Abide in Christ: so wilt thou bear much fruit. Not a vine is planted but the owner thinks of the fruit, and the fruit only. Other trees may be planted for ornament, for the shade, for the wood,—the vine only for the fruit. And of each vine the husbandman is continually asking how it can bring forth more fruit, much fruit. Believer! abide in Christ in times of affliction, and thou shalt bring forth more fruit. The deeper experience of Christ's tenderness and the Father's love will urge thee to live to His glory. The surrender of self and self-will in suffering will prepare thee to sympathize with the misery of others, while the softening that comes of chastisement will fit thee for becoming, as Jesus was, the servant of all. The thought of the Father's desire for fruit in the pruning will lead thee to yield thyself afresh, and more than ever, to Him, and to say that now thou hast but one object in life,—making known and conveying His wonderful love to fellow-men. Thou shalt learn the blessed art of forgetting self, and, even in affliction, availing thyself of thy separation from ordinary life to plead for the welfare of others. Dear Christian, in affliction abide in Christ. When thou seest it coming, meet it in Christ; when it is come, feel that thou art more in Christ than in it, for He is nearer thee than affliction ever can be; when it is passing, still abide in Him. And let the one thought of the Saviour, as He speaks of the pruning, and the one desire of the Father, as He does the pruning, be thine too: "Every branch that beareth fruit, He purgeth, that it may bring forth more fruit."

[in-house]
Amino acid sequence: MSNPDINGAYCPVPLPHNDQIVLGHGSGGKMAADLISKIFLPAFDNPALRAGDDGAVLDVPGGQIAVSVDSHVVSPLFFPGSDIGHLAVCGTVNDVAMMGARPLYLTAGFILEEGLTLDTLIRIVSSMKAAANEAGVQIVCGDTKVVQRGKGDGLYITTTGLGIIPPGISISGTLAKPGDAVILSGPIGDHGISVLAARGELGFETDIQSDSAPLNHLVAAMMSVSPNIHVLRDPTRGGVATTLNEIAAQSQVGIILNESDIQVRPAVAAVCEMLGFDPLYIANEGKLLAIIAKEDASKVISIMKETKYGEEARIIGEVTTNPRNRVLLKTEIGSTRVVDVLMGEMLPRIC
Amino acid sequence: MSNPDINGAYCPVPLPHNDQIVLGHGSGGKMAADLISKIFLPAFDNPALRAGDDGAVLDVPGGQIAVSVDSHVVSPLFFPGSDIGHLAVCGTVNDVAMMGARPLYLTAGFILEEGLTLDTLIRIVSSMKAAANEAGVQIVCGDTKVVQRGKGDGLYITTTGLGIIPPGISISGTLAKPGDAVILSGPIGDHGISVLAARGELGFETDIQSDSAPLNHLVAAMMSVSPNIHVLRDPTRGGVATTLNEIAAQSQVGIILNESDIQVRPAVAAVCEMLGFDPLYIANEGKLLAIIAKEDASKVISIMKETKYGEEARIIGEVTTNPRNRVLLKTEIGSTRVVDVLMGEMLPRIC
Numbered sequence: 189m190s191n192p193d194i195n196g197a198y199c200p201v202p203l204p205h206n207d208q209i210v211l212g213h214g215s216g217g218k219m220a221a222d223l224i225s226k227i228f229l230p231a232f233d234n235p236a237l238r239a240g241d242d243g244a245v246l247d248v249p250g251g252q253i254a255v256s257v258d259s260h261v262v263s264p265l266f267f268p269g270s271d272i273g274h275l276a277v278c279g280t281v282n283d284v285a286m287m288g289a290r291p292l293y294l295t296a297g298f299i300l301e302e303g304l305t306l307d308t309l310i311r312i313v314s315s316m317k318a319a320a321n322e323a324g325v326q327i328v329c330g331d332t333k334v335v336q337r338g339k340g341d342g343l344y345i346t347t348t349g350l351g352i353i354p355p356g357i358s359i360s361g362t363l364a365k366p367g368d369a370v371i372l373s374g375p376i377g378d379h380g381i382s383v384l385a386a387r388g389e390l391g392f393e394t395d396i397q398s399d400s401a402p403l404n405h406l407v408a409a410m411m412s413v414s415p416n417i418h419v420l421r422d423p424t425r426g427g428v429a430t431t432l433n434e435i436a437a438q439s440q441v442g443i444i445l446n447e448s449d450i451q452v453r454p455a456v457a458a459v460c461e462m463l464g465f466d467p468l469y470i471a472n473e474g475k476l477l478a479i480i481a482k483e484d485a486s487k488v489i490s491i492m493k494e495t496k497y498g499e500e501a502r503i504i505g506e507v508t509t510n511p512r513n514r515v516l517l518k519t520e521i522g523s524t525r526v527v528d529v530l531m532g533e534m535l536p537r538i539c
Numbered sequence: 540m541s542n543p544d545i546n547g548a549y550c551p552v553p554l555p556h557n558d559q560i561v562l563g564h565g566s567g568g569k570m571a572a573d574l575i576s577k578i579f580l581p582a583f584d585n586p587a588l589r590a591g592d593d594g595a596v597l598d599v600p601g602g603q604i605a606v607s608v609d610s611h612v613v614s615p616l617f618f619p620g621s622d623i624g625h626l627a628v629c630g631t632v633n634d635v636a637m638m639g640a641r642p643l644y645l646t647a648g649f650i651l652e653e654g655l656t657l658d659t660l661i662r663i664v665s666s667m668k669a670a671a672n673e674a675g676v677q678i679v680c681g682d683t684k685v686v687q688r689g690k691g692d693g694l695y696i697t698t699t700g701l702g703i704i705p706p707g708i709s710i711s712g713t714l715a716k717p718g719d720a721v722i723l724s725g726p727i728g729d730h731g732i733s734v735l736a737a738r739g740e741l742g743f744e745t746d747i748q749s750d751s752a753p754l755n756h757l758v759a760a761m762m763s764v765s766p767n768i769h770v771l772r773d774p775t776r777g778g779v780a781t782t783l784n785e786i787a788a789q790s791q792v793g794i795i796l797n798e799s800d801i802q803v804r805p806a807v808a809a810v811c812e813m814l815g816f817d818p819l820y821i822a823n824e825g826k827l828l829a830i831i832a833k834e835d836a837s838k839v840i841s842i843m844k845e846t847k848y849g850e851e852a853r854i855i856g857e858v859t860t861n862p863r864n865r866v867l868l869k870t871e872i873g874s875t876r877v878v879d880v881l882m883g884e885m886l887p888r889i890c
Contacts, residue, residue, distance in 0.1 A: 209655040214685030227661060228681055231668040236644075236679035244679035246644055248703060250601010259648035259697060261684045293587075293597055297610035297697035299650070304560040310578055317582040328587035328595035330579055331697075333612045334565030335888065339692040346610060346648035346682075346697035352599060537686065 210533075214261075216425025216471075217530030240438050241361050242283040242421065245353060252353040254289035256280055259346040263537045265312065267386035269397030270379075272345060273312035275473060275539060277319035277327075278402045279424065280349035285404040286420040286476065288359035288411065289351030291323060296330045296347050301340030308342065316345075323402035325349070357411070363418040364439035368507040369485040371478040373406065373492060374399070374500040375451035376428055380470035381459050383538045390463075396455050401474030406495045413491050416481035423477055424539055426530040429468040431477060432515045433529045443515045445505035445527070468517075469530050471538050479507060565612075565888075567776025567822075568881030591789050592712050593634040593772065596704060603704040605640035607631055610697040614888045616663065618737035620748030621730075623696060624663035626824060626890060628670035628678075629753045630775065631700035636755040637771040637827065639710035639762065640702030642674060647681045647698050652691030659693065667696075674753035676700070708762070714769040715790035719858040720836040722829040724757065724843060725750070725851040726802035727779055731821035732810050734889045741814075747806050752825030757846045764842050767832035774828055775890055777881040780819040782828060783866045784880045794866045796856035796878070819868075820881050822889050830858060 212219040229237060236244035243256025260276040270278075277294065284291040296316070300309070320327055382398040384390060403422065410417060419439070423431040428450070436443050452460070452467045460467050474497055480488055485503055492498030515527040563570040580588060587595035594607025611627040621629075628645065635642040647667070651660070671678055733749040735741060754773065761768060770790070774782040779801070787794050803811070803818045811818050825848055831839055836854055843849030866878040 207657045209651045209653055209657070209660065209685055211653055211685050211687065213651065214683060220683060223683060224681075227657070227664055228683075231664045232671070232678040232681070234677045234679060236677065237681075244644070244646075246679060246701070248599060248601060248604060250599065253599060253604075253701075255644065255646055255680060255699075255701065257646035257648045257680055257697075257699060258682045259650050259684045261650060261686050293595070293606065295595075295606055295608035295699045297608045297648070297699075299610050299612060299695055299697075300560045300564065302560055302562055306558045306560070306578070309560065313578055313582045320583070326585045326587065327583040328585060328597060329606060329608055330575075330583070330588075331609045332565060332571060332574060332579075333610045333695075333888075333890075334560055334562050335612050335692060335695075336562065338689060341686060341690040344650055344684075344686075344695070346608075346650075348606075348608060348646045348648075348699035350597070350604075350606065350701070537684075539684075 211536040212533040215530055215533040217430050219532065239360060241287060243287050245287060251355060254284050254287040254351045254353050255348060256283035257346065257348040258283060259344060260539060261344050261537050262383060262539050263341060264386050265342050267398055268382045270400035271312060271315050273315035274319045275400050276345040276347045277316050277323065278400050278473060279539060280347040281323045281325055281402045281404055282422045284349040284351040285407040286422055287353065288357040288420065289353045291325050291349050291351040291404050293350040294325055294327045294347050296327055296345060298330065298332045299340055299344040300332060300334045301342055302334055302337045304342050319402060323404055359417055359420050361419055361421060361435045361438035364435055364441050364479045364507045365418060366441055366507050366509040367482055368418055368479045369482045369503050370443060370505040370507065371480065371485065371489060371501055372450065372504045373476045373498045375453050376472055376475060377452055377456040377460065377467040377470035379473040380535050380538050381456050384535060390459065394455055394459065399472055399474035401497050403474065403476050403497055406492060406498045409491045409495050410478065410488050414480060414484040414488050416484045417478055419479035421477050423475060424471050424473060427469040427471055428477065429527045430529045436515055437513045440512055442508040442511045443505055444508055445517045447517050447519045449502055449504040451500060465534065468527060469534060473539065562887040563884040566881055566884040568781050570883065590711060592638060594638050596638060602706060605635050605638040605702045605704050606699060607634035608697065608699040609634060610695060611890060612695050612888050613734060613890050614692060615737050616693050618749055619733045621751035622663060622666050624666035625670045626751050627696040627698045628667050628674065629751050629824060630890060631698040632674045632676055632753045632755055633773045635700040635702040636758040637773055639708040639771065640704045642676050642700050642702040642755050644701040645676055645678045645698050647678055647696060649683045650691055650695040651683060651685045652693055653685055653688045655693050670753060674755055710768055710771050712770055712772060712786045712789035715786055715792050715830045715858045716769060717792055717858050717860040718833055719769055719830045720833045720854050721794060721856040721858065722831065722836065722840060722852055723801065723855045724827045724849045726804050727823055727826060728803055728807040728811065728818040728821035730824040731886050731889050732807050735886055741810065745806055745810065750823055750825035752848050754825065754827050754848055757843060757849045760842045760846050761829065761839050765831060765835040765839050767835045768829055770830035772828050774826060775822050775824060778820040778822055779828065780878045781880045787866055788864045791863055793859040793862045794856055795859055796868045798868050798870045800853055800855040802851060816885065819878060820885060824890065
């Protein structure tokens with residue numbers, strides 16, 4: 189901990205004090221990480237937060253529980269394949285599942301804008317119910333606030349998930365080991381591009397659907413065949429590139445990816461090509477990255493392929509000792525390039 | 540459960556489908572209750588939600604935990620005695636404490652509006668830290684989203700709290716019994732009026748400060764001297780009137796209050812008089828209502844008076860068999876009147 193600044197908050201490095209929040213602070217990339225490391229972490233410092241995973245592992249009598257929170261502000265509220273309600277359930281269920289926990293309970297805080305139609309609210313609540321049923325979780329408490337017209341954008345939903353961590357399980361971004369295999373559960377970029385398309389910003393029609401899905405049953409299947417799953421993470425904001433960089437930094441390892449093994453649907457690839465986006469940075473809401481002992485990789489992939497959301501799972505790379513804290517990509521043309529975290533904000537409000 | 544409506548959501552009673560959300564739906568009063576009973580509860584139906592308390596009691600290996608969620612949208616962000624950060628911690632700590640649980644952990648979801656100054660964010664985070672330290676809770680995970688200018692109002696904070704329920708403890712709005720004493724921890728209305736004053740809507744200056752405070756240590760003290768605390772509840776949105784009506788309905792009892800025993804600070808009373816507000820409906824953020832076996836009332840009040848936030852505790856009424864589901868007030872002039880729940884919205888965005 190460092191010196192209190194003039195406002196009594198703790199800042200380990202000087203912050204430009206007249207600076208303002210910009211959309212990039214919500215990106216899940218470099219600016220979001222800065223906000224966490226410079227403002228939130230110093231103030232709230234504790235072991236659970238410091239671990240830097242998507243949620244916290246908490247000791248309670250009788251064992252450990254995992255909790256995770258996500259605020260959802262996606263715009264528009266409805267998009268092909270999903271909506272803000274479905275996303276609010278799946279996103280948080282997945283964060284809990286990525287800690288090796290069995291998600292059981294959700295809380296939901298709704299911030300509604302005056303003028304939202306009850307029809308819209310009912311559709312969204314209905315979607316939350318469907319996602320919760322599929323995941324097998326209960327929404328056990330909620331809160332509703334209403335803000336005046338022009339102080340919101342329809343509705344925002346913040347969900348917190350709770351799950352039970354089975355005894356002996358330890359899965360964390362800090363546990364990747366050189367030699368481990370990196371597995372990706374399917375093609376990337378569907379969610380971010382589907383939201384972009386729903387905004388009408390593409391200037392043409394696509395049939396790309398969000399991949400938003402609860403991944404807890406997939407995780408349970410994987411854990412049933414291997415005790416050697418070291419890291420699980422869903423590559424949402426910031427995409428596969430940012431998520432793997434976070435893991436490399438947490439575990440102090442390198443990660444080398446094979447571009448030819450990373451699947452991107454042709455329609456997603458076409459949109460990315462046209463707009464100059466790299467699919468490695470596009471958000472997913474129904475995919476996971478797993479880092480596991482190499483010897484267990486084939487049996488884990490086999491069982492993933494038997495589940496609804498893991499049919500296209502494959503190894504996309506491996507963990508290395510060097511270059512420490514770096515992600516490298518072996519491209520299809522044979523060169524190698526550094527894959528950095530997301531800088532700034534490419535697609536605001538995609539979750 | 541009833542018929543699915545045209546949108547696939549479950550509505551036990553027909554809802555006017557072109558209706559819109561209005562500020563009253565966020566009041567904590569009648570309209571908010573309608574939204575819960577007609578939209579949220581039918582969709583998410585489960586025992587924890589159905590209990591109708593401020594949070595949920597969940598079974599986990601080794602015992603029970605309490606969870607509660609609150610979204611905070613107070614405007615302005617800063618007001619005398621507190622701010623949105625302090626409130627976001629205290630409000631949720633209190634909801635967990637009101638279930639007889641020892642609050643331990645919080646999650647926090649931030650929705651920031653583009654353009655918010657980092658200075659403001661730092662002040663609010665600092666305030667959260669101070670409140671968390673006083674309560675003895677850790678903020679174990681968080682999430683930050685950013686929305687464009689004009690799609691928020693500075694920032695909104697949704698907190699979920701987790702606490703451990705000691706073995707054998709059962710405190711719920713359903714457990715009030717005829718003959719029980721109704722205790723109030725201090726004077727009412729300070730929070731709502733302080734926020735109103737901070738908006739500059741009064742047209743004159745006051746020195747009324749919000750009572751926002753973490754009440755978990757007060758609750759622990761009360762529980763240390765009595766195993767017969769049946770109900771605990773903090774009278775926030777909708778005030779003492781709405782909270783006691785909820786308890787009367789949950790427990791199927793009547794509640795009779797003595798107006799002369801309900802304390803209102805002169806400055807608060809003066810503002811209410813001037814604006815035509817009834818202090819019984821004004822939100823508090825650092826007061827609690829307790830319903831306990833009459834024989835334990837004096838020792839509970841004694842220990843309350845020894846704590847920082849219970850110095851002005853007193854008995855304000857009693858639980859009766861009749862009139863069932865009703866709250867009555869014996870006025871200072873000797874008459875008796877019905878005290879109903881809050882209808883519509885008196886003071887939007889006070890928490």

So shall thy times of affliction become thy times of choicest blessing,—preparation for richest fruitfulness. Led into closer fellowship with the Son of God, and deeper experience of His love and grace,— established in the blessed confidence that He and thou entirely belong to each other,—more completely satisfied with Him and more wholly given up to Him than ever before,—with thine own will crucified afresh, and the heart brought into deeper harmony with God's will,—thou shalt be a vessel cleansed, meet for the Master's use, prepared for every good work. True believer! O try and learn the blessed truth, that in affliction thy first, thy only, thy blessed calling is to abide in Christ. Be much with Him alone. Beware of the comfort and the distractions that friends so often bring. Let Jesus Christ Himself be thy chief companion and comforter. Delight thyself in the assurance that closer union with Him, and more abundant fruit through Him, are sure to be the results of trial, because it is the Husbandman Himself who is pruning, and will ensure the fulfillment of the desire of the soul that yields itself lovingly to His work.